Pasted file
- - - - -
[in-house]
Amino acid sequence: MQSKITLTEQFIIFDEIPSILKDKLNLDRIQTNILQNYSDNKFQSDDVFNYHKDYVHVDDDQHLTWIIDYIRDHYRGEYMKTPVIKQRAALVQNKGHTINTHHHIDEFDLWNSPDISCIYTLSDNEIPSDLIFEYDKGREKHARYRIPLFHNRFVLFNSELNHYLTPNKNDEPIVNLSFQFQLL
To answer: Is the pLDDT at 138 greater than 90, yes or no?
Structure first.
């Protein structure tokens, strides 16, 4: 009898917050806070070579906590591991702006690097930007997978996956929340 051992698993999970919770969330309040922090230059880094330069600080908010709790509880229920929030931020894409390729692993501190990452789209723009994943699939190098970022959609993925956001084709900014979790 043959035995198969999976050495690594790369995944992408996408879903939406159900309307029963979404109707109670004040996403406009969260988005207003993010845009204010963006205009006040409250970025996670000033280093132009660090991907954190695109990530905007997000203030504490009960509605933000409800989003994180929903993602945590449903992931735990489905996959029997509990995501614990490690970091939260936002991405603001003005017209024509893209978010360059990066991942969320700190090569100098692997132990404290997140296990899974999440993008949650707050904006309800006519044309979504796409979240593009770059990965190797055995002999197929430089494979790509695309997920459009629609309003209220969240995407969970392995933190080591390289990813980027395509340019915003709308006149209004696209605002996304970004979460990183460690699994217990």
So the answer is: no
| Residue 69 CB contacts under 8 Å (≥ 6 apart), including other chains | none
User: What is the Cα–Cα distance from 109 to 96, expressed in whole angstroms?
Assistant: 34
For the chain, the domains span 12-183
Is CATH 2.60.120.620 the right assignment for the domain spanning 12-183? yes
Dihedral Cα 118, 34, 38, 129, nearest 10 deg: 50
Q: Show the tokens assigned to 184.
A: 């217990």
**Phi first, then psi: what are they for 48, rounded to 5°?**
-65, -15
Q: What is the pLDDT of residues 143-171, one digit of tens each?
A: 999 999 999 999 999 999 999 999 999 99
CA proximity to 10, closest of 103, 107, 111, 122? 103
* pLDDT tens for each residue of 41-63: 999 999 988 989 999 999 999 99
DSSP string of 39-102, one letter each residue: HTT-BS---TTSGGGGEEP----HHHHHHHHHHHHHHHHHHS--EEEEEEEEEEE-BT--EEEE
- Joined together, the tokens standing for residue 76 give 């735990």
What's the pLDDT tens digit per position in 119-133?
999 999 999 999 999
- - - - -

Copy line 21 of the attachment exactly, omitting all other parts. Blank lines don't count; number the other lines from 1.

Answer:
DSSP string of 39-102, one letter each residue: HTT-BS---TTSGGGGEEP----HHHHHHHHHHHHHHHHHHS--EEEEEEEEEEE-BT--EEEE